Rousseau, Henri, known as Le Douanier Rousseau
(1844-1910). French painter, the most celebrated of naïve artists.
nickname refers to the job he held with the Paris Customs Office (1871-93),
although he never actually rose to the rank of `Douanier' (Customs Officer).
Before this he had served in the army, and he later claimed to have seen
service in Mexico, but this story seems to be a product of his imagination. He
took up painting as a hobby and accepted early retirement in 1893 so he could
devote himself to art.
character was extraordinarily ingenuous and he suffered much ridicule (although
he sometimes interpreted sarcastic remarks literally and took them as praise)
as well as enduring great poverty. However, his faith in his own abilities
never wavered. He tried to paint in the academic manner of such traditionalist
artists as Bouguereau and Gérôme, but it was the innocence and
charm of his work that won him the admiration of the avant-garde: in 1908
Picasso gave a banquet, half serious half burlesque, in his honor. Rousseau is
now best known for his jungle scenes, the first of which is Surprised!
(Tropical Storm with a Tiger) (National Gallery, London, 1891) and the
last The Dream (MOMA, New York, 1910). These two paintings are
works of great imaginative power, in which he showed his extraordinary ability
to retain the utter freshness of his vision even when working on a large scale
and with loving attention to detail. He claimed such scenes were inspired by
his experiences in Mexico, but in fact his sources were illustrated books and
visits to the zoo and botanical gardens in Paris.
other work ranges from the jaunty humor of The Football Players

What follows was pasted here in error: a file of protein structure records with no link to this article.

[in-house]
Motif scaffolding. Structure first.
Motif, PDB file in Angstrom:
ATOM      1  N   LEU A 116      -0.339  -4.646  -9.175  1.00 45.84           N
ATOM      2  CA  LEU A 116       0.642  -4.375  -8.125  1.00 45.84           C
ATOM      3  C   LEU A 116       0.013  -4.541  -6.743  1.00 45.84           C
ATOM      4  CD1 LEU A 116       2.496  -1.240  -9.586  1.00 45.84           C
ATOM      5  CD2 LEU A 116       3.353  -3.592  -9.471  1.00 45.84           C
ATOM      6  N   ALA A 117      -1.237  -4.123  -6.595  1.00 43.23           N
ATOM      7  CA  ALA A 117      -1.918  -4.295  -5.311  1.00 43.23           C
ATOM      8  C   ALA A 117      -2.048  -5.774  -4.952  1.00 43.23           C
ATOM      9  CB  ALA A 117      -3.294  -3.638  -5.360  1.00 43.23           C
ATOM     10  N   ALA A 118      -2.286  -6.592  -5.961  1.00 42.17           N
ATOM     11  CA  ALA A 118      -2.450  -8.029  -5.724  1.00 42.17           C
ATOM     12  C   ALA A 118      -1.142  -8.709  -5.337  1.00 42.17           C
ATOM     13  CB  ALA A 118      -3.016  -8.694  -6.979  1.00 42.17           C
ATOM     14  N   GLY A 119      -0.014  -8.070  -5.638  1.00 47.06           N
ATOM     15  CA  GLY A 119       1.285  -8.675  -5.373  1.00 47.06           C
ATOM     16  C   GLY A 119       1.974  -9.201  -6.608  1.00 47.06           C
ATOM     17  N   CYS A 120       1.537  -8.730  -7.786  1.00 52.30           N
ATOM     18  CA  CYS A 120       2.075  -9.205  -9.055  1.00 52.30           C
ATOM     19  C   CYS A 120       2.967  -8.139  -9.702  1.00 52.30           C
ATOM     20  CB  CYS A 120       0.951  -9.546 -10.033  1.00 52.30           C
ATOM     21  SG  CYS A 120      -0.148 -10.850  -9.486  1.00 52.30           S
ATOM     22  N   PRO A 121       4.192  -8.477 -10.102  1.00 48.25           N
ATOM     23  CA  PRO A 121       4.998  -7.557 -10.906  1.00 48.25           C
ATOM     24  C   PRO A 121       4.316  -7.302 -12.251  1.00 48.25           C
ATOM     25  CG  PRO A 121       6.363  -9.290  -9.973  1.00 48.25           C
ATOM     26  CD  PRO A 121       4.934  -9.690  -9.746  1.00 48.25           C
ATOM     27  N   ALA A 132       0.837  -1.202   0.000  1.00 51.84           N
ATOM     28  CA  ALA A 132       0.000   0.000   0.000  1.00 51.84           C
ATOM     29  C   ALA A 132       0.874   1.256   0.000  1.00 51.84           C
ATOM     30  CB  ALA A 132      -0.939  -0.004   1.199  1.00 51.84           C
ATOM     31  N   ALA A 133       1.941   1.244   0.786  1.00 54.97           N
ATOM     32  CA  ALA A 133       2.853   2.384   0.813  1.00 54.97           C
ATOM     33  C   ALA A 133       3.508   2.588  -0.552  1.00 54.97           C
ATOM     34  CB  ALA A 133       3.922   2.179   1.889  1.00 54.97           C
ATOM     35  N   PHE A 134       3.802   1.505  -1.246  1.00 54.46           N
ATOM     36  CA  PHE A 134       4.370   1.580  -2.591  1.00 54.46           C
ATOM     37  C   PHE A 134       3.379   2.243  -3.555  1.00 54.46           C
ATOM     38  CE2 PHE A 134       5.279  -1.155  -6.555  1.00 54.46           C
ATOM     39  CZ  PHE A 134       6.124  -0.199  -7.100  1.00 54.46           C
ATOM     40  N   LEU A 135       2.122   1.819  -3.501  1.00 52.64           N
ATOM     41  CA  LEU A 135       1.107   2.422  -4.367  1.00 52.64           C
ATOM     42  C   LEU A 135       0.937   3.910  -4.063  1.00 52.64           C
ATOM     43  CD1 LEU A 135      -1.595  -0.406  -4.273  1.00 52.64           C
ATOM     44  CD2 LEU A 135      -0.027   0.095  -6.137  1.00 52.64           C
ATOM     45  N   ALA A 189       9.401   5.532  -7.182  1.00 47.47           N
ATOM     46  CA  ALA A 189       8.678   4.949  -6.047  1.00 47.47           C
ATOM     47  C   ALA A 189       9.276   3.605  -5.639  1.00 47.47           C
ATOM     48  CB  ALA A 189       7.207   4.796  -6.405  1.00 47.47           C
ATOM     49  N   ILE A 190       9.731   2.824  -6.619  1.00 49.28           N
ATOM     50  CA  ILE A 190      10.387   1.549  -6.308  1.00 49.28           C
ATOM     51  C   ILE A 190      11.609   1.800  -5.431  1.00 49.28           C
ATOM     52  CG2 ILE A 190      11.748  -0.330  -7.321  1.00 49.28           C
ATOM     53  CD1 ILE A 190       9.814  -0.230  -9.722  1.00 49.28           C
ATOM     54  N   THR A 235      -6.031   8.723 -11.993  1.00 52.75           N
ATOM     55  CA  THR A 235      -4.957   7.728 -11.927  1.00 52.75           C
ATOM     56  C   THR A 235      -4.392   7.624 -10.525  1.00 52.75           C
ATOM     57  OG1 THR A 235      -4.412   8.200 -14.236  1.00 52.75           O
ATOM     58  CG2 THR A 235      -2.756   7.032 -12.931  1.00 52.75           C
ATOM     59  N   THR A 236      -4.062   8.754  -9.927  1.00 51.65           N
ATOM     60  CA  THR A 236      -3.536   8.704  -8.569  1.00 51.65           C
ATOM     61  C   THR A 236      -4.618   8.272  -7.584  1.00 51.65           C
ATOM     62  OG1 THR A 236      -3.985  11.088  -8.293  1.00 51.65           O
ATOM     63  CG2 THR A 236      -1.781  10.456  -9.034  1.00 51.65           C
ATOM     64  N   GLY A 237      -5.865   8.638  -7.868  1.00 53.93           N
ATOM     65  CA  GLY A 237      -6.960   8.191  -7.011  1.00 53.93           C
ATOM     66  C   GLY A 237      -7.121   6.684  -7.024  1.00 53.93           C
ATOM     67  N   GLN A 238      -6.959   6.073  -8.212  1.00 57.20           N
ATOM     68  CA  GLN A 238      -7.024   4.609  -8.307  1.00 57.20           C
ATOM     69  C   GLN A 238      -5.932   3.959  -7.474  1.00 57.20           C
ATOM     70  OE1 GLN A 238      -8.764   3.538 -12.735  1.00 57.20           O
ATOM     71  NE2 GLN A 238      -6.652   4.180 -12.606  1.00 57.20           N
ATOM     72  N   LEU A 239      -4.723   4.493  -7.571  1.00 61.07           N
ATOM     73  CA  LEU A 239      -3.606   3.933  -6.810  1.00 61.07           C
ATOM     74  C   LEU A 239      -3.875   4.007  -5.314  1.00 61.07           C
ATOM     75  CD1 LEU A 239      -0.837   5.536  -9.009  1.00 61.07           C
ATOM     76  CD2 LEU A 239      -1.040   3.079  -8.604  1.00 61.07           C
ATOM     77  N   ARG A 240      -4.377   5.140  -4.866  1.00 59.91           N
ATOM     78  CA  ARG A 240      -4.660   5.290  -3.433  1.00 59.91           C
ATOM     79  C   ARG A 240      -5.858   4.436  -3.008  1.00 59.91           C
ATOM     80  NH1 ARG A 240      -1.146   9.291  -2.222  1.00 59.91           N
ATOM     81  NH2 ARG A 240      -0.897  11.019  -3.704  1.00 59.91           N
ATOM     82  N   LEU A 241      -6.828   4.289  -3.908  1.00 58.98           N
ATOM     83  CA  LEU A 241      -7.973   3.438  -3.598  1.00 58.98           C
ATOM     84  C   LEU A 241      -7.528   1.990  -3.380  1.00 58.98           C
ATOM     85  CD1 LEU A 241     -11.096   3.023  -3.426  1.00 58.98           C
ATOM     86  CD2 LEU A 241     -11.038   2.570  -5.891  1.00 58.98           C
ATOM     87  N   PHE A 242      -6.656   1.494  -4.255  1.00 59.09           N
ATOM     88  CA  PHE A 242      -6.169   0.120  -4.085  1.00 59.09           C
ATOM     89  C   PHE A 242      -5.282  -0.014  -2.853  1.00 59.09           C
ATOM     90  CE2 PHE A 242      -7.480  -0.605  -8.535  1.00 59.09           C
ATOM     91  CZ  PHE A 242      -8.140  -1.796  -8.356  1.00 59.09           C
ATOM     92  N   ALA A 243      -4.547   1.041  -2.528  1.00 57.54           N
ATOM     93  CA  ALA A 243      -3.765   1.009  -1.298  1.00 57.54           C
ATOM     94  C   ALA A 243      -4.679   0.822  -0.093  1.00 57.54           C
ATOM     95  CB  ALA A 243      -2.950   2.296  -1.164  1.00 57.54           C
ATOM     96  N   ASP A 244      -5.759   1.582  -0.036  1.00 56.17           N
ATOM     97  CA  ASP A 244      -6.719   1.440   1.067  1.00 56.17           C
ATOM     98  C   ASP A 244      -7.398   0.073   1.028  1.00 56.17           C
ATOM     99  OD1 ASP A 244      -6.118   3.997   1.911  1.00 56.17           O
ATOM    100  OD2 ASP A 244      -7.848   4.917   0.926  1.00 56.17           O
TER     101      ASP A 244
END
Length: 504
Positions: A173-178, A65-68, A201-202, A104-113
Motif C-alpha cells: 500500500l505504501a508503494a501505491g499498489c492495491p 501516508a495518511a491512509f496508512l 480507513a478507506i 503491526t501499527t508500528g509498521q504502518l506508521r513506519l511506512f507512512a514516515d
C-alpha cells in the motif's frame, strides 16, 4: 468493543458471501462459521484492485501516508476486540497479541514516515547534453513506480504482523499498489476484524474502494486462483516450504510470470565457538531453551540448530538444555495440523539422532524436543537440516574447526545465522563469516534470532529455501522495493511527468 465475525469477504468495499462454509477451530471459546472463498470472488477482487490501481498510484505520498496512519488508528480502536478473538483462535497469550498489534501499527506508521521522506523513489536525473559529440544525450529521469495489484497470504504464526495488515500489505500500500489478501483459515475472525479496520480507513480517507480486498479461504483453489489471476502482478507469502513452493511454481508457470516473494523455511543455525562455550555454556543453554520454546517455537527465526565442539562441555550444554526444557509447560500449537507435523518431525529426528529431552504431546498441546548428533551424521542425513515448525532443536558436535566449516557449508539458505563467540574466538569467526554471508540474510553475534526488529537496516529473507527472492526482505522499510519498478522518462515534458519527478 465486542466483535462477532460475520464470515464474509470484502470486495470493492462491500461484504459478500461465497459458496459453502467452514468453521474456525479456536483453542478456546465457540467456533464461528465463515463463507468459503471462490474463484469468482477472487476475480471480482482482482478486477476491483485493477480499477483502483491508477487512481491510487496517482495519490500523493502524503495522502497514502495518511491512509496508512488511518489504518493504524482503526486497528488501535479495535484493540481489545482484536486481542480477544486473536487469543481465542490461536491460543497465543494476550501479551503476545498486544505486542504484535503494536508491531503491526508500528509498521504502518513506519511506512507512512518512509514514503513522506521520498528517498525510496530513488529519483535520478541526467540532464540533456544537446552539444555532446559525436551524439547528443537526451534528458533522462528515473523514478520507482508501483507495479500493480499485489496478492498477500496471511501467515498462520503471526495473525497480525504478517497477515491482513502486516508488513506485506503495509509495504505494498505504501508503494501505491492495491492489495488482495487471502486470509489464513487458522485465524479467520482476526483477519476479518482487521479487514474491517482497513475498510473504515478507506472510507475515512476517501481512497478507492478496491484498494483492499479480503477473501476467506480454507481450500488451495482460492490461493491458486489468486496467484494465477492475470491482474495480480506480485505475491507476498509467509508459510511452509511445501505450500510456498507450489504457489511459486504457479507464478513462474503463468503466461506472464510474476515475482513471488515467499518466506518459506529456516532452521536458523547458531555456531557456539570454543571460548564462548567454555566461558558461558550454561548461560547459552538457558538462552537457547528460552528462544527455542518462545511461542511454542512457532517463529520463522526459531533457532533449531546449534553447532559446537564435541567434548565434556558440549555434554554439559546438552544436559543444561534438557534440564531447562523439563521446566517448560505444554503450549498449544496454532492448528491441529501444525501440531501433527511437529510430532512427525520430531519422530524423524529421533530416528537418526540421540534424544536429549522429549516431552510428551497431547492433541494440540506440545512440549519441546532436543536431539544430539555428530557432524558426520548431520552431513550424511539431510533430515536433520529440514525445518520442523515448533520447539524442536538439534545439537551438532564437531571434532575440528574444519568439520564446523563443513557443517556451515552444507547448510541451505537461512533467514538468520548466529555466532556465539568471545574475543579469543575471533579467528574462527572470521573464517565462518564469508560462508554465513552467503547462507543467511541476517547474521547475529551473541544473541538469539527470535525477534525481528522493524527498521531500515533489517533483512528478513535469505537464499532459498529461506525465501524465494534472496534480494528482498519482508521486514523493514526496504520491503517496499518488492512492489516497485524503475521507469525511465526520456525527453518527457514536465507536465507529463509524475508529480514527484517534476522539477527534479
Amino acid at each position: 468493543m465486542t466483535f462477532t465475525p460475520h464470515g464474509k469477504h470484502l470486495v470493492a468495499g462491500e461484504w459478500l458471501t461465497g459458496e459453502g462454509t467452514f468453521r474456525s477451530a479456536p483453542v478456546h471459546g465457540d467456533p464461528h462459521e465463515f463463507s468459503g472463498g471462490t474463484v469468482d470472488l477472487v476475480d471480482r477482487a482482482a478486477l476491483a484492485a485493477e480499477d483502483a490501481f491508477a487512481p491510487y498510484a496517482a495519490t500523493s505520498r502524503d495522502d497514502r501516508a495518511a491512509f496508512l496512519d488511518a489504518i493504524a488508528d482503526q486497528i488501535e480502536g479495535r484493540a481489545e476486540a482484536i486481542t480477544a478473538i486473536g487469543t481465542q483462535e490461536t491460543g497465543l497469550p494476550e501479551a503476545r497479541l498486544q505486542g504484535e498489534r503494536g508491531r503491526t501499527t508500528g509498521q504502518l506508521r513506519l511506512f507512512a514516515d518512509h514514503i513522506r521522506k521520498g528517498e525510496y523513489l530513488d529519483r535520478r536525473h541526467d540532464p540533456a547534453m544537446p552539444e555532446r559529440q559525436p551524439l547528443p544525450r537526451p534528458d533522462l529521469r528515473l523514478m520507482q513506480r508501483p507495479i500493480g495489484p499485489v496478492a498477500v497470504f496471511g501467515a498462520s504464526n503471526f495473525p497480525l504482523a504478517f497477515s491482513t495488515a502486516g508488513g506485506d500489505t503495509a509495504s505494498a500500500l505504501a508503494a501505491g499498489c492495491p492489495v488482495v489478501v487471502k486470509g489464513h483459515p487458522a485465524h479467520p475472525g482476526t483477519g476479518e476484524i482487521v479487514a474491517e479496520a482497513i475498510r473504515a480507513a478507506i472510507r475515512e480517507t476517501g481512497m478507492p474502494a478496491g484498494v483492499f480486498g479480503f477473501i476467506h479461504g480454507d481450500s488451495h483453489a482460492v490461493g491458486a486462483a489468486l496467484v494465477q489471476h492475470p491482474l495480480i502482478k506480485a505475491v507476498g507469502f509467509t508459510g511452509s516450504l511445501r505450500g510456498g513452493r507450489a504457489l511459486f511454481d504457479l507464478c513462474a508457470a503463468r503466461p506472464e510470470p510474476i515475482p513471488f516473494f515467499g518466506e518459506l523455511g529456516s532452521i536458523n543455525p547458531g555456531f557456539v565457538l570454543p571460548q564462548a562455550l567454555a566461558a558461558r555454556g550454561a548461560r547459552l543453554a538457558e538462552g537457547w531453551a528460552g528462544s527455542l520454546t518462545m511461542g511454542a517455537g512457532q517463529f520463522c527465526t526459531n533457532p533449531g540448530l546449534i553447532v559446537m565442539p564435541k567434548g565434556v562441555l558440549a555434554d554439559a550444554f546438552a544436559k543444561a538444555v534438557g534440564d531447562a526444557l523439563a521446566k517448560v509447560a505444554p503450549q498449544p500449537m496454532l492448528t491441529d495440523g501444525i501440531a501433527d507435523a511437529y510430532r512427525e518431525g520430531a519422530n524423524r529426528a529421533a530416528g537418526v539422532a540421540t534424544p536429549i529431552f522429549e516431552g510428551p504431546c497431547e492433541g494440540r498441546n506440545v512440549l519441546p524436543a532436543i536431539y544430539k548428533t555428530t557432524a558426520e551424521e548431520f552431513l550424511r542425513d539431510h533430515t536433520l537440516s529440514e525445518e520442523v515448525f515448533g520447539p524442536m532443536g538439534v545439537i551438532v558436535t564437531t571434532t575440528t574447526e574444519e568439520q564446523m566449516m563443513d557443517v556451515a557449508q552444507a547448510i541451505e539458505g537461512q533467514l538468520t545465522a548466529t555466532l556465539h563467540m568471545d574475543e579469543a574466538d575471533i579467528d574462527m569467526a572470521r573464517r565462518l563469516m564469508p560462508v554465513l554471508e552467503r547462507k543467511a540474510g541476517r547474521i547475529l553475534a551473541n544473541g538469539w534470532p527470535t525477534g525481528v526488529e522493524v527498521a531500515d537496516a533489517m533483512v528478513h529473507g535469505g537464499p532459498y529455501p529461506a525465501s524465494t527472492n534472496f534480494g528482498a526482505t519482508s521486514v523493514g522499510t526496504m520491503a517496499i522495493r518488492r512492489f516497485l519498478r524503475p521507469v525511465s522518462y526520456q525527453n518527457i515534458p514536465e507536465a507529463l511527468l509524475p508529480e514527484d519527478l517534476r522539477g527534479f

(Philadelphia Museum of Art, 1908) to the mesmeric, eerie beauty of The
Sleeping Gypsy (MOMA, 1897). Rousseau was buried in a pauper's grave,
but his greatness began to be widely acknowledged soon after his death.
Art of the Fantastic
artist who prefigured the Surrealists' idea of fantasy with his fresh,
naïve outlook on the world was the Frenchman, Henri Rousseau (1844-1910).
Like Paul Klee, he defies all labels, and although he has been numbered among
the Naïves or Primitives (two terms for untrained artists), he transcends
this grouping. Known as Le Douanier, after a lifelong job in the
Parisian customs office, Rousseau is a perfect example of the kind of artist in
whom the Surrealists believed: the untaught genius whose eye could see much
further than that of the trained artist.
was an artist from an earlier era: he died in 1910, long before the Surrealist
painters championed his art. Pablo Picasso, half-ironically, brought Rousseau
to the attention of the art world with a dinner in his honor in 1908: an
attention to which Rousseau thought himself fully entitled. Although Rousseau's
greatest wish was to paint in an academic style, and he believed that the
pictures he painted were absolutely real and convincing, the art world loved
his intense stylization, direct vision, and fantastical images.
total confidence in himself as an artist enabled Rousseau to take ordinary book
and catalogue illustrations and turn each one into a piece of genuine art: his
jungle paintings, for instance, were not the product of any first-hand
experience and his major source for the exotic plant life that filled these
strange canvases was actually the tropical plant house in Paris.
some glaring disproportions, exaggerations, and banalities, Rousseau's
paintings have a mysterious poetry. Boy on the Rocks (1995-97; 55
x 46 cm (21 3/4 x 18 in)) is both funny and alarming. The rocks seem to be like
a series of mountain peaks and the child effortlessly dwarves them. His
wonderfully stripy garments, his peculiar mask of a face, the uncertainty as to
whether he is seated on the peaks or standing above them, all comes across with
a sort of dreamlike force. Only a child can so bestride the world with such
ease, and only a childlike artist with a simple, naïve vision can
understand this elevation and make us see it as dauntingly true.
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